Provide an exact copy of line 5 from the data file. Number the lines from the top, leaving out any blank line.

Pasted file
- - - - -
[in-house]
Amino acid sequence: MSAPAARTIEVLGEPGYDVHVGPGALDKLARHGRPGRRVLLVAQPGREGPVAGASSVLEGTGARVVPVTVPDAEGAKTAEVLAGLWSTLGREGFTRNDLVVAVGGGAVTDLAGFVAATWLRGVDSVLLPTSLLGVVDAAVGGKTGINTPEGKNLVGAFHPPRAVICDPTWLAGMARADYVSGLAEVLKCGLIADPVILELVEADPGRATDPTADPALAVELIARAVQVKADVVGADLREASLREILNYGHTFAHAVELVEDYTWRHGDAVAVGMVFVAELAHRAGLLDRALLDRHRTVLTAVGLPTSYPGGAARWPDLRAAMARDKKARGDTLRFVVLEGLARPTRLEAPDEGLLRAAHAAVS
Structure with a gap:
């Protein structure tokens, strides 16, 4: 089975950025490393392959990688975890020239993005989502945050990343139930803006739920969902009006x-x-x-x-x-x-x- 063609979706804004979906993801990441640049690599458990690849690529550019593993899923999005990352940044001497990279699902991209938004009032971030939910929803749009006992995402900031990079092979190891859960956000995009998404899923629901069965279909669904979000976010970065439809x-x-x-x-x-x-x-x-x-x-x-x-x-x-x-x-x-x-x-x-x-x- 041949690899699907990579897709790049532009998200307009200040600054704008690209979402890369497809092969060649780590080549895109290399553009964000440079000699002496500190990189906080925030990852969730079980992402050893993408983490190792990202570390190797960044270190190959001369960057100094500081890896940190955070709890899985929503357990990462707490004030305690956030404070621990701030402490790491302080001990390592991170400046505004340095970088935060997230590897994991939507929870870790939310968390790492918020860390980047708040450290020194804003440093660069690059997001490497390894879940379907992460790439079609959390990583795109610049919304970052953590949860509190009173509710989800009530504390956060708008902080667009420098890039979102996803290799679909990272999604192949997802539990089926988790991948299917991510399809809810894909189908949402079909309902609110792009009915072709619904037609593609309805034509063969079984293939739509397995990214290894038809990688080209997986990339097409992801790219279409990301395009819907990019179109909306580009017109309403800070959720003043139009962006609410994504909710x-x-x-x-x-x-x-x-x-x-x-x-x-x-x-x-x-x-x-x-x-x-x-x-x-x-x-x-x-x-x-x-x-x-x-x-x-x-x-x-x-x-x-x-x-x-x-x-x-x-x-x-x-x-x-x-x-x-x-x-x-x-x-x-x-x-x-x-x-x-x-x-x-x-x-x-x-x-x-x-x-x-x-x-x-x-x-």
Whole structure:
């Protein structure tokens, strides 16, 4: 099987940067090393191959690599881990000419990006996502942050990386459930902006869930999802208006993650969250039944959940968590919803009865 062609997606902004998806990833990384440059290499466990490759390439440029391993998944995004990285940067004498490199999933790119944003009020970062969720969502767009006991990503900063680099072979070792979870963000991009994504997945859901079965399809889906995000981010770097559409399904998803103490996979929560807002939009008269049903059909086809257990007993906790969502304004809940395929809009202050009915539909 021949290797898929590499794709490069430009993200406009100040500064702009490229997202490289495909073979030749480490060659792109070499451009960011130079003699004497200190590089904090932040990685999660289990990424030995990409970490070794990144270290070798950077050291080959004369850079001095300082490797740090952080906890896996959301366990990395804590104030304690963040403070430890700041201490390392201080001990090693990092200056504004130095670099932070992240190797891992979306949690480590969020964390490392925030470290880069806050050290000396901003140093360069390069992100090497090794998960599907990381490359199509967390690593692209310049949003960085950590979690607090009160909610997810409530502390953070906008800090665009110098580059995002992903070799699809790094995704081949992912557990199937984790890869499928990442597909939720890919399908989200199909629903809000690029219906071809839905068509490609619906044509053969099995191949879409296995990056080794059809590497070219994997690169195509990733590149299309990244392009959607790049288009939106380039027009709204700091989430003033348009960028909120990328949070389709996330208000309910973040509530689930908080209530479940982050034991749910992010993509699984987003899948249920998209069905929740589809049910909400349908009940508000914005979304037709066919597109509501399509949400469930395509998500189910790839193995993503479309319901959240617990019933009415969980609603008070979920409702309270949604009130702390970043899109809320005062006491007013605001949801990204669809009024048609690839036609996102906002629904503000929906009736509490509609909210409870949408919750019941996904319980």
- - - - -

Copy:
Whole structure: